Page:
$1 billion piracy ruling could force ISPs to disconnect more Internet users
ISPs as copyright enforcers —
Increased account terminations would punish “innocent” users, groups tell court.
A billion-dollar judgment in a piracy lawsuit involving a major Internet service provider could force ISPs to terminate more customer accounts and “punish the innocent and guilty alike,” advocacy groups have warned. Urging an appeals court to overturn the ruling, the groups wrote that “upholding this verdict would result in innocent and vulnerable users losing essential Internet access.”
These concerns were raised in a court filing last week by the Electronic Frontier Foundation (EFF), the Center For Democracy and Technology, the American Library Association, the Association of College And Research Libraries, the Association of Research Libraries, and Public Knowledge. The groups’ filing was made to the US Court of Appeals for the 4th Circuit in support of an appeal seeking to overturn a ruling in a case launched by record labels against Cox Communications.
“In going after Internet service providers for the actions of just a few of their users, Sony Music, other major record labels, and music publishing companies have found a way to cut people off of the Internet based on mere accusations of copyright infringement,” the EFF wrote in a blog post announcing the filing. “When these music companies sued Cox Communications, an ISP, the court got the law wrong. It effectively decided that the only way for an ISP to avoid being liable for infringement by its users is to terminate a household or business’s account after a small number of accusations—perhaps only two. The court also allowed a damages formula that can lead to nearly unlimited damages, with no relationship to any actual harm suffered. If not overturned, this decision will lead to an untold number of people losing vital Internet access as ISPs start to cut off more and more customers to avoid massive damages.”
A jury ruled in December 2019 that Cox must pay $1 billion in damages to the major record labels. Sony, Universal, and Warner had sued the cable ISP in 2018 in US District Court for the Eastern District of Virginia. A district judge upheld the verdict in January 2021, approving the $1 billion judgment and paving the way for to Cox appeal to the 4th Circuit.
“Dangerous consequences far beyond this case”
“The core question in this litigation is whether an Internet service provider (ISP) was sufficiently aggressive in terminating the accounts of thousands of subscribers, and if not, the consequences of that policy decision,” the advocacy groups wrote in their court brief. “The district court’s answer misconstrued the law, the actual relationship between ISPs and subscribers, and the public interest. Affirming it would have dangerous consequences far beyond this case.”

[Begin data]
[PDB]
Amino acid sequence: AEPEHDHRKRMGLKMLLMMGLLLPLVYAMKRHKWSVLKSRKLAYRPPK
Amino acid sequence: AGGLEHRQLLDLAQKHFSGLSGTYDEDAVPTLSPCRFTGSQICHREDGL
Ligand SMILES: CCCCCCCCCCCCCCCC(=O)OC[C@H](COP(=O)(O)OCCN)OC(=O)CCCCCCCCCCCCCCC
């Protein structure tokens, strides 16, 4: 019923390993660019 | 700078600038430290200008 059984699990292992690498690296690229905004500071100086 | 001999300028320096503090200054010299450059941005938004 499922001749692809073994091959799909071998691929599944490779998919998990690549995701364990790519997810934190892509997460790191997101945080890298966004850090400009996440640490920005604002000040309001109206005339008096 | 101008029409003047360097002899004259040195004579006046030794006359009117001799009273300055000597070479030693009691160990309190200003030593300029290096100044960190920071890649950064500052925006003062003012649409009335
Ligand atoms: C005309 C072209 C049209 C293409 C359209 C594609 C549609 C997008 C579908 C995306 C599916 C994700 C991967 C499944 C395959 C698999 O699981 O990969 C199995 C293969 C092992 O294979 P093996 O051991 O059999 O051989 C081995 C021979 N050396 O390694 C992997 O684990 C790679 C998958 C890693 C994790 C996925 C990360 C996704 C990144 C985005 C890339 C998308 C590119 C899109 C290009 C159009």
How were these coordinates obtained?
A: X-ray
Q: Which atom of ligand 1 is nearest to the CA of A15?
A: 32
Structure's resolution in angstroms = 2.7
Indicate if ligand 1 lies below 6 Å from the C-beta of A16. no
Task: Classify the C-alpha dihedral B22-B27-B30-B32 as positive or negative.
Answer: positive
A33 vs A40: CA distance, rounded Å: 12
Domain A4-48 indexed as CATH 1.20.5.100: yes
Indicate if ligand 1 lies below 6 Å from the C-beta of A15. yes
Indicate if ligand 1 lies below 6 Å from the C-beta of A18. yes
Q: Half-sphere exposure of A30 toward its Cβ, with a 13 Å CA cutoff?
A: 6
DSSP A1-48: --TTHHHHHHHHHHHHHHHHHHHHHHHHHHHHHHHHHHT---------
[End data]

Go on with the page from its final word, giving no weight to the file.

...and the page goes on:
Terminating Internet service “means withdrawing an essential tool for participation in daily life,” and cutting off an account because of the actions of one user “potentially cuts off every household member or—in the case of a school, library, or business—every student, faculty member, patron, and employee who shares the Internet connection,” they wrote. “And with little or no competition among broadband ISPs in many areas of the country, those users may have no other way to connect.”
Given this reality, the stakes of this case for Internet users are enormous. The district court’s judgment and the jury’s damage award in this case are founded on fundamental errors of law that, if affirmed, will force ISPs to terminate more subscribers with less justification or risk staggering liability. First, the judgment relies on unwarranted extensions of copyright’s two “secondary liability” doctrines, which will encourage ISPs to terminate subscribers when more proportionate means of addressing infringement exist. Second, the staggering and poorly justified $1,000,000,000 award of statutory damages against Cox thwarts basic principles of due process and the public interest.